I’m all for budget van life, but after a year on the road using different coolers as my “van fridge” – I can assure you that a campervan fridge is worth the investment. The amount of money I spent on ice and wasted waterlogged food–sure, a van fridge may be more expensive up-front, but in the long-run it’s definitely the best choice for any full-time vanlifer!
Now, I use the 12V top-load fridge by BougeRV and it’s pretty energy efficient and quiet. But with so many campervan refrigerator options out there and such minimal storage space in your van–how do you choose the best campervan fridge for your needs?
In this post, we’ll take a look at some of the best 12V campervan fridge options for those on a budget and those looking to spend a little more. We’ll also talk about the different types of 12V fridges and their pros and cons.
Note: this post may contain Amazon Associate or other affiliate links to which I may make a small commission from, at NO extra cost to you.
“Regular” Mini Fridge vs 12V Fridge
First, let’s talk about the difference between a mini fridge and a 12V DC fridge. Can you just put a mini fridge in a campervan? Well, yes, technically you can, but it’s not recommended. A regular mini fridge, such as you would find in a dorm room or garage runs on 120V AC power. That means you’ll need to run it off your inverter, which means it’ll eat up more power consumption.
These days, inverters are pretty efficient, but converting power from 120V AC to 12V DC will always result in some energy loss. That makes running a 120V AC fridge off the inverter less efficient than running a 12V fridge directly from the battery.
BUT (not to contradict myself) there are vanlifers who recommend just using a “regular” mini fridge if you have a really good solar panel power setup. You’ll save a decent chunk of money on the fridge itself (mini fridges typically range from $100-$250). This type of fridge is also a good choice for anyone who has constant access to shore power.
Ultimately, it just comes down to how much energy your power source has to spare on a fridge.
Top-Load vs Front-Load Refrigerators
Back in the early days of portable travel refrigerators, you’d almost exclusively find top-loading fridges. This was largely because they are more evenly-weighted and stable than upright fridges, are technically more “energy efficient” and can be easier to access depending on their location in your overlanding rig or motorhome.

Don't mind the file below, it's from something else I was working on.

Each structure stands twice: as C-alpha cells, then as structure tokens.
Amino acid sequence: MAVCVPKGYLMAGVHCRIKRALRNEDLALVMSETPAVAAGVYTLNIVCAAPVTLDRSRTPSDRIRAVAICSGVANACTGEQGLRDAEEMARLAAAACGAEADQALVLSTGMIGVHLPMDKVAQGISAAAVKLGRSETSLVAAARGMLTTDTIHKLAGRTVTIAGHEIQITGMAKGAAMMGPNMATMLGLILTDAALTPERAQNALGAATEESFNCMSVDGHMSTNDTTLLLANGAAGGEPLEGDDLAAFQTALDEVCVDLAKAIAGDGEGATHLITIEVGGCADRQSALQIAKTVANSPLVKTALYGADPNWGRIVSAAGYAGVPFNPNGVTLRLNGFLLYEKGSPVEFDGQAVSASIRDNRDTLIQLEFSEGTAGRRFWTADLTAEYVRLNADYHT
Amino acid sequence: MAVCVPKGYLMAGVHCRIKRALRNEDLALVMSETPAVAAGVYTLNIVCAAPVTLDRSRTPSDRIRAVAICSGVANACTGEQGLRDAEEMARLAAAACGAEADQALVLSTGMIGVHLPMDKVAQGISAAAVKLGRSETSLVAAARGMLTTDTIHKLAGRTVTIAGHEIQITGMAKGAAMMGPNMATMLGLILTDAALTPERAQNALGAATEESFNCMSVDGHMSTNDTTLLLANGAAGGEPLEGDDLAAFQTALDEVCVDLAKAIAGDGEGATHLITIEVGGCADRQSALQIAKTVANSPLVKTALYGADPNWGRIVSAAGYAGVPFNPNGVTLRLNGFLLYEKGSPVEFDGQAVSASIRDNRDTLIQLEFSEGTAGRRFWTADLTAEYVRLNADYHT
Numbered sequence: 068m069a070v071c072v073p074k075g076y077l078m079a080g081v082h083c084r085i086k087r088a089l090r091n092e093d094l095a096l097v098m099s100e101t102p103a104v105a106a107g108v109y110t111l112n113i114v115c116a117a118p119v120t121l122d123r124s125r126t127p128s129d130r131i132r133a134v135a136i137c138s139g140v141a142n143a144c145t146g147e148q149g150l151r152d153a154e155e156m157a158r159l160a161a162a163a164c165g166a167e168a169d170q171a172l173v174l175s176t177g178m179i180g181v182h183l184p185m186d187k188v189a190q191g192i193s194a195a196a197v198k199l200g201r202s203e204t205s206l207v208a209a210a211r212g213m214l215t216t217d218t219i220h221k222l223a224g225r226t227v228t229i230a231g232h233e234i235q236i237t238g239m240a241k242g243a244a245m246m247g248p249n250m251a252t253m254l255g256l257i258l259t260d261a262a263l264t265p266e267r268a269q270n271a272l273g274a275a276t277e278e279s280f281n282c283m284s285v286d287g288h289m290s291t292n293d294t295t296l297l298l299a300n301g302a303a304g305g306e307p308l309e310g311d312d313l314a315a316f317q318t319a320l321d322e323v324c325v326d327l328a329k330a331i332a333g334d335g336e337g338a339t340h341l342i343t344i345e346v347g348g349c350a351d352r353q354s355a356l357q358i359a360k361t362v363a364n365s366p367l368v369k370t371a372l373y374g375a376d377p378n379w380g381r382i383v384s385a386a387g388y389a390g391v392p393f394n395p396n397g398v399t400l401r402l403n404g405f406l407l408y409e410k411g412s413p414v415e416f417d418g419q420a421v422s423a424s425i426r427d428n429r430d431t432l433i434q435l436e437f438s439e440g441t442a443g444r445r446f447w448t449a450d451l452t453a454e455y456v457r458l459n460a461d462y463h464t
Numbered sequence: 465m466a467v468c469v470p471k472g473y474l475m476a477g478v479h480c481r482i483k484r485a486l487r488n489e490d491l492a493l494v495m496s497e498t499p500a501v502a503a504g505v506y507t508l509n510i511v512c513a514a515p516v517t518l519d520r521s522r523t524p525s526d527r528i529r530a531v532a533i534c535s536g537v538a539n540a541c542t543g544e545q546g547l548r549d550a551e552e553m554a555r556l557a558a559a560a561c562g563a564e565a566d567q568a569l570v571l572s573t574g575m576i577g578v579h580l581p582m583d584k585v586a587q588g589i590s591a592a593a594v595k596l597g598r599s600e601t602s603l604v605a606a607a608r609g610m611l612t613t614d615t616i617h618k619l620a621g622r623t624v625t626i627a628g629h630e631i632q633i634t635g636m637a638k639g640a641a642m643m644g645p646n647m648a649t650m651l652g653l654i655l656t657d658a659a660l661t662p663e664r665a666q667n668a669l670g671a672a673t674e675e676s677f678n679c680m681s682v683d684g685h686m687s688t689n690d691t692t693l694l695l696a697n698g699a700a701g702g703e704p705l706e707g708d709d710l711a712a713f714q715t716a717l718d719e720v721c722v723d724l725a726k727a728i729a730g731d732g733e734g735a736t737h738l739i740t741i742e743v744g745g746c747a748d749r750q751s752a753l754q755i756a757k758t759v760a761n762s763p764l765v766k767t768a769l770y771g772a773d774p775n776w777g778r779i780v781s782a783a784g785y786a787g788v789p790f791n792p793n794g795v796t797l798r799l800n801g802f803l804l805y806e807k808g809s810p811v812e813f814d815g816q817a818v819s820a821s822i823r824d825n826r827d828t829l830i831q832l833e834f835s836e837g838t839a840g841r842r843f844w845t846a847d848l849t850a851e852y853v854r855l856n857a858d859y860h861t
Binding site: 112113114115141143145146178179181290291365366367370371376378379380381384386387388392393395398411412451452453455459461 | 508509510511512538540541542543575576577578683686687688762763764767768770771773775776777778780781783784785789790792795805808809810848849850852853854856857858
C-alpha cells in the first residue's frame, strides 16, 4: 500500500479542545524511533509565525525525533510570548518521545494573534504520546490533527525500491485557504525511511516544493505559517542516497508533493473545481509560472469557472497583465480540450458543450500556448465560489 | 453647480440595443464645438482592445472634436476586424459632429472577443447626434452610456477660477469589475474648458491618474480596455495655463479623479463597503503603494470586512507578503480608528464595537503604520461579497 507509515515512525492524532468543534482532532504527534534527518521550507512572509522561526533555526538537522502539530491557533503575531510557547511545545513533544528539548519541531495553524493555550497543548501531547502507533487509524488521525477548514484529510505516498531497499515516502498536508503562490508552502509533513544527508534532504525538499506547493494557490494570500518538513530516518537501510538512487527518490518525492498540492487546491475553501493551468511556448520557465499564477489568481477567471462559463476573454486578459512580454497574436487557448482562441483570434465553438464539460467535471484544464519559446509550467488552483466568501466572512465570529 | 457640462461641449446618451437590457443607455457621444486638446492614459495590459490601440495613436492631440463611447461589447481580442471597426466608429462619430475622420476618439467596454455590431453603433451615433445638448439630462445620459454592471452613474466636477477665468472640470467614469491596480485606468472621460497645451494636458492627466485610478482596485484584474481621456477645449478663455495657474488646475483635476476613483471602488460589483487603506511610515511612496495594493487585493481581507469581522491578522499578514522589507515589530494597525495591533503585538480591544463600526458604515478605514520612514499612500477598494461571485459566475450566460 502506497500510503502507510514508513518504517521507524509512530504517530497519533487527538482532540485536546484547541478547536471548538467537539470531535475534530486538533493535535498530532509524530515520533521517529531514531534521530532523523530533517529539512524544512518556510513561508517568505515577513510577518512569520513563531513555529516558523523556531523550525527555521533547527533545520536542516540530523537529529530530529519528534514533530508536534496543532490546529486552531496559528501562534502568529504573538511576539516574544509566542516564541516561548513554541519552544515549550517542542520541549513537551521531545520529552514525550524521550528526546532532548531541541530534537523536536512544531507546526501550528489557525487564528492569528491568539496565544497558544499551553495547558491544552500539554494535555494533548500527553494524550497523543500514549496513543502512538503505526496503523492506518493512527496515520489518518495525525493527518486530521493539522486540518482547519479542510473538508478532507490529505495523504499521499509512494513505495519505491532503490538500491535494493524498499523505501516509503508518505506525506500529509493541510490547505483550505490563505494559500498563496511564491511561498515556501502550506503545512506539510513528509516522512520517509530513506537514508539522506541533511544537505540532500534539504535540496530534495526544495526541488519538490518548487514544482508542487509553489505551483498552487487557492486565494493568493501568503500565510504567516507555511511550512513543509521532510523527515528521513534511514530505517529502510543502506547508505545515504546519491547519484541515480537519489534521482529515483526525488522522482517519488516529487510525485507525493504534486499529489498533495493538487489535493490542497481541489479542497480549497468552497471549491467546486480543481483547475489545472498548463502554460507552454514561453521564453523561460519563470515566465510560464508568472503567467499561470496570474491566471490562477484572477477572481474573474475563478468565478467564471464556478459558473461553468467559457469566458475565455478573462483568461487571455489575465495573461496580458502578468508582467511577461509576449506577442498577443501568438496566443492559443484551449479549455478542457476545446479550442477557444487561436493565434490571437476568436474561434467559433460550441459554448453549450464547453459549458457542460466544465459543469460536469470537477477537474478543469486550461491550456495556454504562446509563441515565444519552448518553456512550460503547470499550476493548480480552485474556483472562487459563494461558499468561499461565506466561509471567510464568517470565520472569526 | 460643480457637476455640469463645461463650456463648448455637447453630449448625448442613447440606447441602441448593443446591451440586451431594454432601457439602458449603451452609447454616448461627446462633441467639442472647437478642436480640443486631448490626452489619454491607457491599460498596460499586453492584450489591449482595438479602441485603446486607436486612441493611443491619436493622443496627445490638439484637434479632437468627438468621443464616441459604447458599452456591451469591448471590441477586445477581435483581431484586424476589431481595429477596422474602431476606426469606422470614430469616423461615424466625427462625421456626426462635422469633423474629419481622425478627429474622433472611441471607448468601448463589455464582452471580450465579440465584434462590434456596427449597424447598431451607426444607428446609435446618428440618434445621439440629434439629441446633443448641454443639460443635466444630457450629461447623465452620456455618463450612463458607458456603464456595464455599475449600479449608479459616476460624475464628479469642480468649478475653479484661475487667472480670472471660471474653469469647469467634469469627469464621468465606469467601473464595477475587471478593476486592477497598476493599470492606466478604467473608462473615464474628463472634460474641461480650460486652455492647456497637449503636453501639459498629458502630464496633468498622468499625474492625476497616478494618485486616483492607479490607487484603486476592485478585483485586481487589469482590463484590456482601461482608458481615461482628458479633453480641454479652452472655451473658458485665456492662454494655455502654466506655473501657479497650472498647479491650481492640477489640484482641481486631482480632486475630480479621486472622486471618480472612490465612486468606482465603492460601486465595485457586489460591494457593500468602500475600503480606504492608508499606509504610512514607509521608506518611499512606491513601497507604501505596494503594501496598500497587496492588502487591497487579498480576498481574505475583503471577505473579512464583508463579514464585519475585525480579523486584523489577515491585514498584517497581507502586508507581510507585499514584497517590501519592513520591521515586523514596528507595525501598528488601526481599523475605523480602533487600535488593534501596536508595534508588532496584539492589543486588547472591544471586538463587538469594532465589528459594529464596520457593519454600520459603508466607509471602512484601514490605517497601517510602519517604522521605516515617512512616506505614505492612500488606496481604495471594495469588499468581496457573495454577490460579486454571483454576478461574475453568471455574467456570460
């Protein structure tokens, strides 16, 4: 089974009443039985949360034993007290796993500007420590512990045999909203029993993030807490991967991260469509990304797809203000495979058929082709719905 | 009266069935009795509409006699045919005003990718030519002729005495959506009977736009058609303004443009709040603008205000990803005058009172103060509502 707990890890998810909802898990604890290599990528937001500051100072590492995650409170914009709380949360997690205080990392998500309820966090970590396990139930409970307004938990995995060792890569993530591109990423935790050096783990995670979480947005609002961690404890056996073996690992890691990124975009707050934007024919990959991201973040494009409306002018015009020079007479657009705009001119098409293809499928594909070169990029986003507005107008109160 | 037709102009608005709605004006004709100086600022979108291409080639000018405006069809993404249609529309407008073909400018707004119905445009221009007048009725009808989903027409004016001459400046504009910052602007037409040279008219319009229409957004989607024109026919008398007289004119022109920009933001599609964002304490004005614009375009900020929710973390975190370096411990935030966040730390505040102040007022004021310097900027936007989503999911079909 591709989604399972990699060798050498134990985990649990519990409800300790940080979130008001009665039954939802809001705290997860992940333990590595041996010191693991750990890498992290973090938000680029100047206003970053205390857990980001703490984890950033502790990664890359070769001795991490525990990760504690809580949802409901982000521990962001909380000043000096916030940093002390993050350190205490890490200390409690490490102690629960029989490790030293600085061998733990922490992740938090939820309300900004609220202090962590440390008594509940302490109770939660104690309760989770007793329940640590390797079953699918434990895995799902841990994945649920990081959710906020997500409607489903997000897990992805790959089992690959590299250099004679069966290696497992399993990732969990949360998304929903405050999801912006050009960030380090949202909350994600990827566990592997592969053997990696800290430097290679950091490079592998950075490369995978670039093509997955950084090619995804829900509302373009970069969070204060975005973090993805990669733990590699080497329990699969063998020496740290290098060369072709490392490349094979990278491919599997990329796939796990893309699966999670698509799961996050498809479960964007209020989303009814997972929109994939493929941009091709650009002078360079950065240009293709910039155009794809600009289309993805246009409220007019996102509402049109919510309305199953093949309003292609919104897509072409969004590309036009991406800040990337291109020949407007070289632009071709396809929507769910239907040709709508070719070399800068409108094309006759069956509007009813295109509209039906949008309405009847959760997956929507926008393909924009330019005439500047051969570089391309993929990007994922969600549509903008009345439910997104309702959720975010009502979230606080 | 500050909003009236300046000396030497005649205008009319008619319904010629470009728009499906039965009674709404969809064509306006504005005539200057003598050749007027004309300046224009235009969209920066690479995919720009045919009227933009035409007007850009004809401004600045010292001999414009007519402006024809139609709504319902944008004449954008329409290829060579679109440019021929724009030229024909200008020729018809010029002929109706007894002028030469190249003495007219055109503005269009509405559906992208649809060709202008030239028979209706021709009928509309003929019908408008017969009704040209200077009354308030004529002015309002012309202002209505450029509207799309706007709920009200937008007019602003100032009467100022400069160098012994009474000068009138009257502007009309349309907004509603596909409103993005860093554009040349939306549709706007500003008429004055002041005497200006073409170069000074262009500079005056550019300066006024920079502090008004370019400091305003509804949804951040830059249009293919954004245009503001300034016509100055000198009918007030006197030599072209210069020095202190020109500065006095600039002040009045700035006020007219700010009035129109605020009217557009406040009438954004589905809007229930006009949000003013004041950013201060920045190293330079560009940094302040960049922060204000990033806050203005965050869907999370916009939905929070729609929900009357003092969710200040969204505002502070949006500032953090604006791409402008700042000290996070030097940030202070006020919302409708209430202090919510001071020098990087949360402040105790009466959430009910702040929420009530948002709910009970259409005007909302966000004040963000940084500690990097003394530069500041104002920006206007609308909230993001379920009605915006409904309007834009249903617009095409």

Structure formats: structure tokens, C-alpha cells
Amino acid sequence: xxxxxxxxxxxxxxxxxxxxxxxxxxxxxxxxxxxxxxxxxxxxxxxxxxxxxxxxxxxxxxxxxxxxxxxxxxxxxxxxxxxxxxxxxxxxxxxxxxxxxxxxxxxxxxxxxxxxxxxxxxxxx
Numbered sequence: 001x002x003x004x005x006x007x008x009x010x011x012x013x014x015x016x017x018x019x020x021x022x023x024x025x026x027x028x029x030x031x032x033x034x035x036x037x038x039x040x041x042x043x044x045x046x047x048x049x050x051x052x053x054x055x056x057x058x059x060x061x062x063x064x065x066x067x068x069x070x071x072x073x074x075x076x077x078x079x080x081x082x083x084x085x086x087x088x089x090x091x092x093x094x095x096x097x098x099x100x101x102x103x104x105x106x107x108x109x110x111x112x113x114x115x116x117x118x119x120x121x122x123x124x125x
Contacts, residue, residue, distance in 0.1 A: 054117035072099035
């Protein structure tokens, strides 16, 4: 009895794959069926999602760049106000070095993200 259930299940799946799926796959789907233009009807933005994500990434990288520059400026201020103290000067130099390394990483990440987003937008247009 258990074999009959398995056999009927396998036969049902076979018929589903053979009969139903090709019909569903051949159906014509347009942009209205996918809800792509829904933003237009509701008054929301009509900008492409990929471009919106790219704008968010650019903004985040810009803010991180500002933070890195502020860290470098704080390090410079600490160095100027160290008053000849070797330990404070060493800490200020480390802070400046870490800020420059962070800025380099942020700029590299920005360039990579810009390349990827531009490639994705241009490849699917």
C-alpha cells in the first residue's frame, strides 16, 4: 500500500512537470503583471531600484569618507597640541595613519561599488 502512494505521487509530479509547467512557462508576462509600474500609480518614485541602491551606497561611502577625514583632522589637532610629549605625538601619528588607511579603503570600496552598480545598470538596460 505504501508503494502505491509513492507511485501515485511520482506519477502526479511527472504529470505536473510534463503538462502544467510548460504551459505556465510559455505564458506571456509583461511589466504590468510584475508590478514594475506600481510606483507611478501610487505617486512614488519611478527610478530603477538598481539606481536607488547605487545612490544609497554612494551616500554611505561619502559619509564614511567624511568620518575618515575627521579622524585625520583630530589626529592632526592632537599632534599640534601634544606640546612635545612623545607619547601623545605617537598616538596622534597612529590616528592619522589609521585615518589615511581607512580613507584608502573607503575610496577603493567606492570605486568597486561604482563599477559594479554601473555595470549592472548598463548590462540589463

But with today’s advancements in low-power draw appliances, insanely efficient solar power setups, and DIY van builds that allow you to customize your exact fridge storage space, the sky is pretty much the limit! Which is great, because a lot of people like the feel of what they’re used to in a cozy home: an upright fridge with outward-swinging door.
Types of 12V Refrigerators
There are three main types of 12V refrigerators: compressor, thermoelectric, and absorption fridges. As with most things we have to buy for van life, each 12V refrigerator comes with its own perks and drawbacks.
A compressor fridge works like a regular refrigerator in your house. Gas is compressed, causing its heat and pressure to rise. Next, it circulates through coils on the backside of the fridge unit (outside the cool box) and cools until it becomes a liquid. It is then pumped through coils inside the refrigerator and as the liquid turns back into a gas, it draws heat from the air around it.
A compressor refrigerator makes an excellent van life or RV fridge because it draws little power, doesn’t need to be on all the time, and doesn’t need to be kept level.
- Power efficient
- Typically run on AC or DC power
- Unaffected by ambient temperature
- Can (usually) double as a freezer
- Keeps stuff very cold
- Doesn’t need to be level
- Difficult to repair if something goes wrong
- Can be heavy or unevenly-weighted
My Top Compressor Fridge Picks
Splurge: Dometic Front-Load CRX Pro 65
This front-loading fridge provides all the comforts of your at-home refrigerator but with the durability to handle bumpy, winding roads. Dometic’s CRX Pro 65 uses its patented compressor especially designed to handle the everyday movements of van life–while also being extra quiet to ensure a restful night’s sleep.
It has a removable freezer compartment and LED light with infrared sensor, and you can control the temperature and compressor speed. Made of “black” stainless steel for a chic (but rugged) product–and also includes a 3-year warranty.
Budget Top-Load: BougeRV 12V Portable Fridge
For those looking for something cheaper, the BougeRV 12/24V DC OR 110～240V AC refrigerator is a highly efficient (able to come down to 32 degrees in under 16 minutes) and highly portable fridge. It is a chest-style fridge and is small enough to fit pretty much anywhere (and can even be carried on road trips away from the van).
Budget Front-Load: Alpicool 12V Freezer/Fridge
This upright fridge can be used as a fridge freezer or refrigerator–it also comes with a fridge basket. A basket may not sound like a big deal, but holy convenient Batman! The cooler basket in my Yeti cooler was invaluable because it prevented me from having to dig around my cooler every time I opened it. This, in turn, kept more cold air from escaping and was super efficient. There are lots of different sized and styled Alpicool 12 volt fridges to check out.